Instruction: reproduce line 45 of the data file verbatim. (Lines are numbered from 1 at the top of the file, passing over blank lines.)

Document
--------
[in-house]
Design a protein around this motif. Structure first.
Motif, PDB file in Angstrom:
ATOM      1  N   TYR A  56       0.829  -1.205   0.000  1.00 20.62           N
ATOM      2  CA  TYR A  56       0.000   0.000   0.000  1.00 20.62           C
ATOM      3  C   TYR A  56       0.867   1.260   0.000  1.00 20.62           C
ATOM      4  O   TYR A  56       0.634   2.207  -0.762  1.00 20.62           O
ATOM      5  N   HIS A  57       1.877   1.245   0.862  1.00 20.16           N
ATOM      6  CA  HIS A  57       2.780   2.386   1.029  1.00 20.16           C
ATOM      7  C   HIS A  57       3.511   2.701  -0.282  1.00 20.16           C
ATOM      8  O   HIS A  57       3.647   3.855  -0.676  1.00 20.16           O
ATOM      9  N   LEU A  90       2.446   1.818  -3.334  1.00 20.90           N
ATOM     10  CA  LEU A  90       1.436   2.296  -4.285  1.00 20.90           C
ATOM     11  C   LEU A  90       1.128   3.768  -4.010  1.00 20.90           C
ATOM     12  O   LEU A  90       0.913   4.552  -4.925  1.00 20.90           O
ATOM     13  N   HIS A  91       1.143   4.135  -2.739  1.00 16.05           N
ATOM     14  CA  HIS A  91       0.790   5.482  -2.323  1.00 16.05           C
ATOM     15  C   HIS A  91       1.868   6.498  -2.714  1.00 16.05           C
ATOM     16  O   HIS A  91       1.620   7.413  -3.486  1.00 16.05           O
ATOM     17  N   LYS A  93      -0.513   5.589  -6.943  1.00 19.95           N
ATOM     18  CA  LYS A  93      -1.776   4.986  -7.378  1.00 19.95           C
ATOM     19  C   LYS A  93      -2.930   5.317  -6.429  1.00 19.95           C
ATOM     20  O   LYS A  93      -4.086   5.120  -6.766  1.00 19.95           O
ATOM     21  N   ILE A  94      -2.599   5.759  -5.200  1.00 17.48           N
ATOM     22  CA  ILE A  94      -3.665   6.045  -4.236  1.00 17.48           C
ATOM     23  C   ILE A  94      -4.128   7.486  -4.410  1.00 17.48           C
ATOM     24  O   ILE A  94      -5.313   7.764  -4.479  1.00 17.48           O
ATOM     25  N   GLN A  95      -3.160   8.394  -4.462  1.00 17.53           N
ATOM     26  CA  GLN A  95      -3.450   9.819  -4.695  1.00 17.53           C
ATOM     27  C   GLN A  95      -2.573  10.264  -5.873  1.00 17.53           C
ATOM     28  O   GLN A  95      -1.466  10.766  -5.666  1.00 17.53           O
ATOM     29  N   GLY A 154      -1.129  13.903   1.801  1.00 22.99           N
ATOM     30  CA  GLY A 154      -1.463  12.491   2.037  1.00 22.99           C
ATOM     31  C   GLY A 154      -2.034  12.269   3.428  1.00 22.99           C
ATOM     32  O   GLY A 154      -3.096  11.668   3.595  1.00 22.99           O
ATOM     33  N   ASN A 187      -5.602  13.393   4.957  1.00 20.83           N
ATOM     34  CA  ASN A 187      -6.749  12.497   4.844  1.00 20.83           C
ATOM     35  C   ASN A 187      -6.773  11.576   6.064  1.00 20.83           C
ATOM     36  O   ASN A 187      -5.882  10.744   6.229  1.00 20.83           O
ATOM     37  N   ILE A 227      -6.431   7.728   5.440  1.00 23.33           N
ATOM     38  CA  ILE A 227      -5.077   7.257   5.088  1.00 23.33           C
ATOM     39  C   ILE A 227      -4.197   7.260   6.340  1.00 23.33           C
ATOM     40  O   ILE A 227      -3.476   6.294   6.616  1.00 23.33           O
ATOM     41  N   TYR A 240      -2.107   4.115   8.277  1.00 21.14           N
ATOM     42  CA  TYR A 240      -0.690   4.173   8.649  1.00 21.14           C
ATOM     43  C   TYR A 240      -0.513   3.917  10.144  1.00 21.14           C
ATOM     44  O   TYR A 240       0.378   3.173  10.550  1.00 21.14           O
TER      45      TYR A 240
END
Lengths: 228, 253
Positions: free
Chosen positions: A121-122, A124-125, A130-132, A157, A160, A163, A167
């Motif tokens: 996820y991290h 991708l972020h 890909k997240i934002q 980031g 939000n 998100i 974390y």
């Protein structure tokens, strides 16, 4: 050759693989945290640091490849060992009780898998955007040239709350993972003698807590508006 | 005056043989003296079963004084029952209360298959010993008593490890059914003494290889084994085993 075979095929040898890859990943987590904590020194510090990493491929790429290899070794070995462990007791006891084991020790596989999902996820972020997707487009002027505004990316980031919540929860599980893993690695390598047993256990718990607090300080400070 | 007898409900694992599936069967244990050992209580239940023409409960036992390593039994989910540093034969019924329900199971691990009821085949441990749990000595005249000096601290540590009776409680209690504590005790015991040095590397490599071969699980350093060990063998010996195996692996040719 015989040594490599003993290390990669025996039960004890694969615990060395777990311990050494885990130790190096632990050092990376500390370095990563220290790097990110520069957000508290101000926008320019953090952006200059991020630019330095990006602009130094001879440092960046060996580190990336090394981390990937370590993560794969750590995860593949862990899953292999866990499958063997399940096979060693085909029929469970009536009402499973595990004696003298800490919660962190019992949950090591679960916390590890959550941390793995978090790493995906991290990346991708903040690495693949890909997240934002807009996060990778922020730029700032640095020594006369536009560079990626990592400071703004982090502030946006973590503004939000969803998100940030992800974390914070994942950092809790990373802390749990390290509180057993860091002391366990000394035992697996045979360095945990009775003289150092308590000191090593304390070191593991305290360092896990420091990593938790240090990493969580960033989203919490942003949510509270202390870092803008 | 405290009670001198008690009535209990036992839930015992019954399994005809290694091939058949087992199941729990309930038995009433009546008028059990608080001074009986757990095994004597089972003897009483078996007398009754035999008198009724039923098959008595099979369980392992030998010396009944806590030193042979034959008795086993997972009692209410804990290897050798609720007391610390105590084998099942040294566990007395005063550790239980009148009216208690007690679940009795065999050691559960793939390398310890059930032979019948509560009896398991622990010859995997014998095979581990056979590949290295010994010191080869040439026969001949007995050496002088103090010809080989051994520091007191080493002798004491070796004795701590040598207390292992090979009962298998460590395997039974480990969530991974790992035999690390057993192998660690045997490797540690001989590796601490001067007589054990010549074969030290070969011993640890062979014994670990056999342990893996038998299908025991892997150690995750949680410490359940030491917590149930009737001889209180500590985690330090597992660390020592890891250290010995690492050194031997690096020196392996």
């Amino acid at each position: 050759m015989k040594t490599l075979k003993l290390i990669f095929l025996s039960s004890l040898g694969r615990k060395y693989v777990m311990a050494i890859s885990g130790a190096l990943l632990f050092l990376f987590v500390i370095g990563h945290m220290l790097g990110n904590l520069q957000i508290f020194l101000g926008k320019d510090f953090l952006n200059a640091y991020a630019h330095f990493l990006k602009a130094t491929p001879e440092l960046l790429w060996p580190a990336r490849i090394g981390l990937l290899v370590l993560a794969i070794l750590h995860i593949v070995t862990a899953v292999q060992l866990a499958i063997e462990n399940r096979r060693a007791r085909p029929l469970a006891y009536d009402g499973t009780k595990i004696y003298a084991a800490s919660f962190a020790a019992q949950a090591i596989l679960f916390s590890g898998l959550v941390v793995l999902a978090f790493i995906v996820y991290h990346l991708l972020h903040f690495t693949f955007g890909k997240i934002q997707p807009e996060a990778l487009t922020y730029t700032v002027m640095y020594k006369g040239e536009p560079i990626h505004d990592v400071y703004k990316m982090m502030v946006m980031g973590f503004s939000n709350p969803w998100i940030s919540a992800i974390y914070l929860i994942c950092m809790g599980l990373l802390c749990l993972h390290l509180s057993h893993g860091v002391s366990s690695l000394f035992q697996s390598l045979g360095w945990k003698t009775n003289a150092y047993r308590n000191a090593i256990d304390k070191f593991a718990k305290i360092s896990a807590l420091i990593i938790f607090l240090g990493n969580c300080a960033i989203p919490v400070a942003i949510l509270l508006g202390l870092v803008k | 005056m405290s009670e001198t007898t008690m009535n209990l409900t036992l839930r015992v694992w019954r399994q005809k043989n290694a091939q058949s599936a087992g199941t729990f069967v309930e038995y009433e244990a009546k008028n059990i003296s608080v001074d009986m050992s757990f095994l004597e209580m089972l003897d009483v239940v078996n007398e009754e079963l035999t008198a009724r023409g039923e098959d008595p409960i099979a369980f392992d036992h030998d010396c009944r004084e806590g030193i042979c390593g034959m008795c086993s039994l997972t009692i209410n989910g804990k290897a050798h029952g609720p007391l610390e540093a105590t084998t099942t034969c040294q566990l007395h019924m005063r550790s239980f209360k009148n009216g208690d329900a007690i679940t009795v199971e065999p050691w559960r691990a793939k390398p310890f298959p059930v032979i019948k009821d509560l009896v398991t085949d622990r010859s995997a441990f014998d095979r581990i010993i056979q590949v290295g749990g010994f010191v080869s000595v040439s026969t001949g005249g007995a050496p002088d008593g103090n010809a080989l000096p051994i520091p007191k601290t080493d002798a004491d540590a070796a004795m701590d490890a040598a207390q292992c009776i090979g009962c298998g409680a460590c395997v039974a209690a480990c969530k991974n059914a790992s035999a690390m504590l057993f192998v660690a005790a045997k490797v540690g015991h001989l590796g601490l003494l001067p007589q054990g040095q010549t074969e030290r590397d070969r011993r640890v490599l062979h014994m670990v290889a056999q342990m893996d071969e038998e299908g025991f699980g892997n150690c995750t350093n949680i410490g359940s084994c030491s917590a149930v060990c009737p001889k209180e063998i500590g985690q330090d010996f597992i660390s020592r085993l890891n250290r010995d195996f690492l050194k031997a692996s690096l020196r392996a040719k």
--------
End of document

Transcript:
ATOM     42  CA  TYR A 240      -0.690   4.173   8.649  1.00 21.14           C